These Sunday's segments are written by my husband, Mr. Jenny. Here's what he has to say about his posts:
I’ve been writing these weekly stories about life in Northern Idaho, as a youngster and as growing into a young man, primarily for our family. And I'm delighted to share them with you. Just between us, I’m anticipating being cranky when some whipper-snapper who may not even be born yet harasses me in 30 years or so with 'Grandpa, tell me about when you were a boy.' That will probably be after the mad cow disease has set in and erased whatever memory is left. So these are the not-so-dramatic adventures of a Baby Boomer in the 1950s, 60s and 70s.
DRIVING MISS DAISY
One of the rights of passage, one of the summer jobs each one of us brothers were expected to do, was to drive Miss Daisy the 450 miles to the ocean beach each summer.
Miss Daisy, in this case, was my grandmother Alice Alford. That year, she, her daughter Eugenia, and her granddaughter Connie, were packed into the 1958 Cadillac for the 12 hour drive, with me at the wheel .
I was 15 years old, I had been driving a year, and I was nervous about driving the relatives to the Coast. It was a long drive with a car full of female relatives, and I wasn’t real confident as where I fit into the pecking order, other than being on the bottom.
It was early June when the car was packed. Aunt Eugenia had been packing for weeks, as she always did, and shipped most of the family’s summer beach clothes and effects ahead using a commercial trucking line. These were the days before UPS or FedEx. I would be sent to the truck line offices in Seaside, Oregon, the next day to retrieve the piles of trunks and suitcases.
Granby and her late husband had been making this summer trip to the Coast since the 1910s, to escape the summer heat of the inland Northwest. For many decades they took a paddle-wheeled steamer down the Snake River from their hometown of Lewiston, Idaho, to the Columbia River and then on to Portland, and finally to Astoria, Oregon, where the river met the sea. The last steamer blew up and burned in the 1930s, forcing the annual journey to the primitive highways of the region.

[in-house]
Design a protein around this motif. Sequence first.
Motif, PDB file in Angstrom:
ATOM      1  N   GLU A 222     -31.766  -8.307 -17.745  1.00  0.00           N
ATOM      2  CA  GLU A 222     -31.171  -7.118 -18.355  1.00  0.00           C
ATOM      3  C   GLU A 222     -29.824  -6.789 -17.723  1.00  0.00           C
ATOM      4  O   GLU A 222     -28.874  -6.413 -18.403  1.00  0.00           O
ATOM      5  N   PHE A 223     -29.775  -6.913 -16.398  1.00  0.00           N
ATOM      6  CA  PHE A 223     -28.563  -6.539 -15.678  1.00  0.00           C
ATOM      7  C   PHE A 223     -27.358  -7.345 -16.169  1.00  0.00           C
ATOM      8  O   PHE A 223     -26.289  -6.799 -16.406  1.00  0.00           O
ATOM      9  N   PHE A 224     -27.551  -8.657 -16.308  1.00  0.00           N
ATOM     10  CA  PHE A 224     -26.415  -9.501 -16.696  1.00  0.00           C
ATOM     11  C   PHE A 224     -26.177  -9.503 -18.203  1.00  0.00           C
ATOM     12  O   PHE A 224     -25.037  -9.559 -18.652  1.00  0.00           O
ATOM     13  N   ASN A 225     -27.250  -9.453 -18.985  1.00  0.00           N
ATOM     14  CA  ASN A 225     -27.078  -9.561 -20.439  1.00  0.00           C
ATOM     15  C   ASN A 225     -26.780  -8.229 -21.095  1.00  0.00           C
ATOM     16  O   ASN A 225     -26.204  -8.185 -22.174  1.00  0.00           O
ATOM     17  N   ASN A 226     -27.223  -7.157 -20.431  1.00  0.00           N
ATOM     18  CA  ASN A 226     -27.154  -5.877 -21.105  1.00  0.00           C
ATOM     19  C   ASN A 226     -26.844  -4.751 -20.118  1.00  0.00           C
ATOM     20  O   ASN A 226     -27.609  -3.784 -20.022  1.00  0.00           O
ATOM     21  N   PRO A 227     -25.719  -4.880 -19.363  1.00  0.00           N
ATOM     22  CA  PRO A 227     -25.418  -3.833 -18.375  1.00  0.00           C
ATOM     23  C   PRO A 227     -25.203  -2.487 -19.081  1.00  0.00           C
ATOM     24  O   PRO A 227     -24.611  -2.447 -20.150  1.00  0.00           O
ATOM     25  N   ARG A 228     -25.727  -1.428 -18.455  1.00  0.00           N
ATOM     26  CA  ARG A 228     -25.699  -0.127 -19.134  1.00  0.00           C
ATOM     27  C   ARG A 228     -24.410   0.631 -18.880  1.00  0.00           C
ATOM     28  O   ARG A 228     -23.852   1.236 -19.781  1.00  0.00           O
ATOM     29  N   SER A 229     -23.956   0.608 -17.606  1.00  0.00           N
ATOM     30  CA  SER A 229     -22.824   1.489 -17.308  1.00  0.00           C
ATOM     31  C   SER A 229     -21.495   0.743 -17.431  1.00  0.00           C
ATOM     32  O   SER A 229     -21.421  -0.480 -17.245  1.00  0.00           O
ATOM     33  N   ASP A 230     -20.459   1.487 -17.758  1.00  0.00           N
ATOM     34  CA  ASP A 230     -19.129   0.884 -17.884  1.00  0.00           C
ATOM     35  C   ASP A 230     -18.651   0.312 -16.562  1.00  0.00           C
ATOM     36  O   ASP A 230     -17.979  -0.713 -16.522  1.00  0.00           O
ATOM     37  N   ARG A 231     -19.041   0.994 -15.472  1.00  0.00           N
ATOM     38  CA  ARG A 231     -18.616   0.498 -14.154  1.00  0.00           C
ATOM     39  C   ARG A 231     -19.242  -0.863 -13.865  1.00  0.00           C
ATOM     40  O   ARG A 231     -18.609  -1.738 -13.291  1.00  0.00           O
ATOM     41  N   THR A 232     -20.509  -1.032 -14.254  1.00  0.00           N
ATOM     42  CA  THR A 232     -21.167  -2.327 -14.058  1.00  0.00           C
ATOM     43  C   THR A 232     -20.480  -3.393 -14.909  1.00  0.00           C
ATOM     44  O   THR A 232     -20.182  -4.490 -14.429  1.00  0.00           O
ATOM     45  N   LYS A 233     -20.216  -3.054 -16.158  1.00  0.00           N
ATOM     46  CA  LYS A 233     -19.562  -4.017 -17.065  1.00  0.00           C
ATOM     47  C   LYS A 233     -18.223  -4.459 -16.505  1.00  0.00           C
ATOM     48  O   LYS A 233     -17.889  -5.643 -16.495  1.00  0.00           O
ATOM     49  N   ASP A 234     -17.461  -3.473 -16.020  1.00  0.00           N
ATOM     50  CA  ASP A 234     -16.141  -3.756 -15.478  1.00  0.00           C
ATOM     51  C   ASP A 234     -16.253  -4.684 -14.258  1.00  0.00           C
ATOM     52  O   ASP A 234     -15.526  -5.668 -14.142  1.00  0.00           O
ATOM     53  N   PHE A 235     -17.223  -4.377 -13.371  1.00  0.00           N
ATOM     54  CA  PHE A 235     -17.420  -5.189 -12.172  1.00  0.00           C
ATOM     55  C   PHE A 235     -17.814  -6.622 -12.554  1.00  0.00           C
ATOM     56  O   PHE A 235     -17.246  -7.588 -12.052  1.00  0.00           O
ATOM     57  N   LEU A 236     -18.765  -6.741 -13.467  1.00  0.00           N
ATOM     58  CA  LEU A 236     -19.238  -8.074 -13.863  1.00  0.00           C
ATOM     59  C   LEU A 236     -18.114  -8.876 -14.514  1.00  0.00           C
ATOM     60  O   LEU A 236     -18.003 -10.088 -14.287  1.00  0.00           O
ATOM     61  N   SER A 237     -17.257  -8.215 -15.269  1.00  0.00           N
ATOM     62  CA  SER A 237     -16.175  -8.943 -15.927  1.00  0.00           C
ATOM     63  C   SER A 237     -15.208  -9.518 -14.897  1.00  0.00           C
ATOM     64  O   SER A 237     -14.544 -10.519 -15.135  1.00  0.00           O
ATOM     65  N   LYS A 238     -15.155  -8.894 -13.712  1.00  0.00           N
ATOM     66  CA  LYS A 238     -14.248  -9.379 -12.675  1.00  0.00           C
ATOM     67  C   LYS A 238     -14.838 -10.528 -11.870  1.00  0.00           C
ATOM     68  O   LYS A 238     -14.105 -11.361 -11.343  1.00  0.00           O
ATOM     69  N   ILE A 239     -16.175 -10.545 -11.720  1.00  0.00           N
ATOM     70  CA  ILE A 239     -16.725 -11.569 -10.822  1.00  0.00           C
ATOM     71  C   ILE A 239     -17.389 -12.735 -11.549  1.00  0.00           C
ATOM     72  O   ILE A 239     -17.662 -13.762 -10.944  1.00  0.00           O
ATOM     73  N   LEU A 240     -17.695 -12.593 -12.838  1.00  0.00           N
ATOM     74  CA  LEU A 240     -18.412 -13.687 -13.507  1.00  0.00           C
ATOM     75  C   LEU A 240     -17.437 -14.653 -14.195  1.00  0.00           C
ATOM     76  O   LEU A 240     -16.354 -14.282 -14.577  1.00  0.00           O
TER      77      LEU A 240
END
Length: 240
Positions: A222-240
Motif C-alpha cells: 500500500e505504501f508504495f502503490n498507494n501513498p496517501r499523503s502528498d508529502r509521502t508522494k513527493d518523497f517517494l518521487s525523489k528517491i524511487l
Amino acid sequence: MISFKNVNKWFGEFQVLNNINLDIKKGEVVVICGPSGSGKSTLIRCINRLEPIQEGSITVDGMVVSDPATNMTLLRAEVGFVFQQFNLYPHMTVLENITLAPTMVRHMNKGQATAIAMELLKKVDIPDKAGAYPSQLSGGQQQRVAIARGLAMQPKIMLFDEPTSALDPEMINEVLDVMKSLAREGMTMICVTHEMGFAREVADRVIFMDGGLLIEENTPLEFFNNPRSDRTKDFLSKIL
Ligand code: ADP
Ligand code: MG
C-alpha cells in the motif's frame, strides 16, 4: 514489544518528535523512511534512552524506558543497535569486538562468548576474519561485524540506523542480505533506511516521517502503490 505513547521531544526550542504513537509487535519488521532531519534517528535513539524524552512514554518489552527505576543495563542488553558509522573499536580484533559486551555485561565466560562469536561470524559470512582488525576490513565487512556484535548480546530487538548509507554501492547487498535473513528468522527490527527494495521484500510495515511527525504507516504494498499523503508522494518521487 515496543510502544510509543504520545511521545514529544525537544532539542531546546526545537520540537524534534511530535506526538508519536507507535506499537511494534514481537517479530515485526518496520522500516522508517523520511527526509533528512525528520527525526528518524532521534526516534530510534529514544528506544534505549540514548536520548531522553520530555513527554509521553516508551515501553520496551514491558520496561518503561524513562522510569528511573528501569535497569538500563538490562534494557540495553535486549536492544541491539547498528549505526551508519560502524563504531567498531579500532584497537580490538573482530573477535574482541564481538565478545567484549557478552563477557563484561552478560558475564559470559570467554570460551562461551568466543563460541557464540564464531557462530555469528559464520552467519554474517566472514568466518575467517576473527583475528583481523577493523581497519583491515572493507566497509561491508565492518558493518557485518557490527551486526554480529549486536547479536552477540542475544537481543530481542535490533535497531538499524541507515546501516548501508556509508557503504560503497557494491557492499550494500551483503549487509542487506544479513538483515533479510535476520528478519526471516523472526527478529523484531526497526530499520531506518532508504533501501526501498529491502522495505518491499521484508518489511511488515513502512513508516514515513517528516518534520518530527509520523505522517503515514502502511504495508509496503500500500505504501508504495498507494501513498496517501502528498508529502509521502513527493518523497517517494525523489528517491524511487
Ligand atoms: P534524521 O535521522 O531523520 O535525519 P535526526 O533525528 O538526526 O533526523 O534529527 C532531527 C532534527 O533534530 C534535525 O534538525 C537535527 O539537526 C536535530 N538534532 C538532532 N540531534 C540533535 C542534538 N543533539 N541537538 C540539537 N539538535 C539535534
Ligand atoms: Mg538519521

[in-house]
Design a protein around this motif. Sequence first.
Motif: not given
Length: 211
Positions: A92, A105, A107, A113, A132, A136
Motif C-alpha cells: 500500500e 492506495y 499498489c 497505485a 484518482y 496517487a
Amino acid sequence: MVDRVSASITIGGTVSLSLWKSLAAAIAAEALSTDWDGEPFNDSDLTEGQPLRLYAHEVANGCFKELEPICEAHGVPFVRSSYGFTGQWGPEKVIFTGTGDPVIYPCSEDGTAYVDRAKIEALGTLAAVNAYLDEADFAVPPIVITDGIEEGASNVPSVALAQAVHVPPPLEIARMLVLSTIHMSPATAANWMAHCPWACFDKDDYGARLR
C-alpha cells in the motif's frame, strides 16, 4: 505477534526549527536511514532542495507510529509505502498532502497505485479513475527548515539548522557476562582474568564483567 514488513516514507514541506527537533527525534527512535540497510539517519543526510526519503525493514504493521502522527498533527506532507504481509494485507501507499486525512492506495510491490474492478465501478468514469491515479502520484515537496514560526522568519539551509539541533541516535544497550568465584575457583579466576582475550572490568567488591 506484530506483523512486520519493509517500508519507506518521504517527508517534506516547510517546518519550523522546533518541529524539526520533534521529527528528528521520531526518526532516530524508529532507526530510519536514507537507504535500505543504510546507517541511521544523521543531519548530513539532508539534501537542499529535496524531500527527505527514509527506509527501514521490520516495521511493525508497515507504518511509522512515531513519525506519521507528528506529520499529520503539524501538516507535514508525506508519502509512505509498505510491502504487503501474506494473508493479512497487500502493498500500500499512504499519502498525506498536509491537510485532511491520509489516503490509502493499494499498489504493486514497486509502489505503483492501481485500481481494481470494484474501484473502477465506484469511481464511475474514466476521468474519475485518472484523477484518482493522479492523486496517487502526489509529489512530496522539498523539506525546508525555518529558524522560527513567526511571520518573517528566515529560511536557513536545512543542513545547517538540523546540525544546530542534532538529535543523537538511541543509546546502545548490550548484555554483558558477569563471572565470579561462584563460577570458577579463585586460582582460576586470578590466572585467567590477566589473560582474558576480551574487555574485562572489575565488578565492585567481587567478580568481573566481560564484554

I was nervous about being the chauffer that year, but also excited. I had never driven a long distance, and the change from being a passenger crammed in the back for numerous trips over the years, to the steersman guiding the ship of state, was exciting.
The ship of state was a 1958 Cadillac, one of either the ugliest automobiles of the era, or one of the most classic, depending on your point view. It was a 5,000 pound monster that was crammed to the roof and fully overloaded for the long journey.
Granby was a kind woman: gentle, intelligent, thoughtful, decisive, and forceful when needed. I was close to her growing-up; we lived a mile away from her which became comfortable bicycle range when we were in grade school. I spent hours at her house whenever I could, knowing that there was always a bottle of Coca-Cola in the refrigerator and a peanut butter sandwich for the asking. Years later when I came home on college breaks, her house was always my first stop, and always, there was a Coke in the fridge waiting for me, and hours of discussion that followed.
That year I drove the family to the Coast, she was 81 of the 97 years she would live.
Aunt Eugenia -- known as Genie to most and my mother’s sister -- was not quite so kind and gentle. She was a bit more critical and controlling, shall we say. She had a sharp tongue, and she knew how to use it.
Her daughter Connie, the third in the car that day, and my cousin, was about 30 years old, and had suffered a stroke years earlier when attending college. She had never fully recovered, and it became Aunt Genie’s burden to care for her for years to come. Connie had always referred to my brothers and me as “brats”, and she still did that year. There was no love lost between us.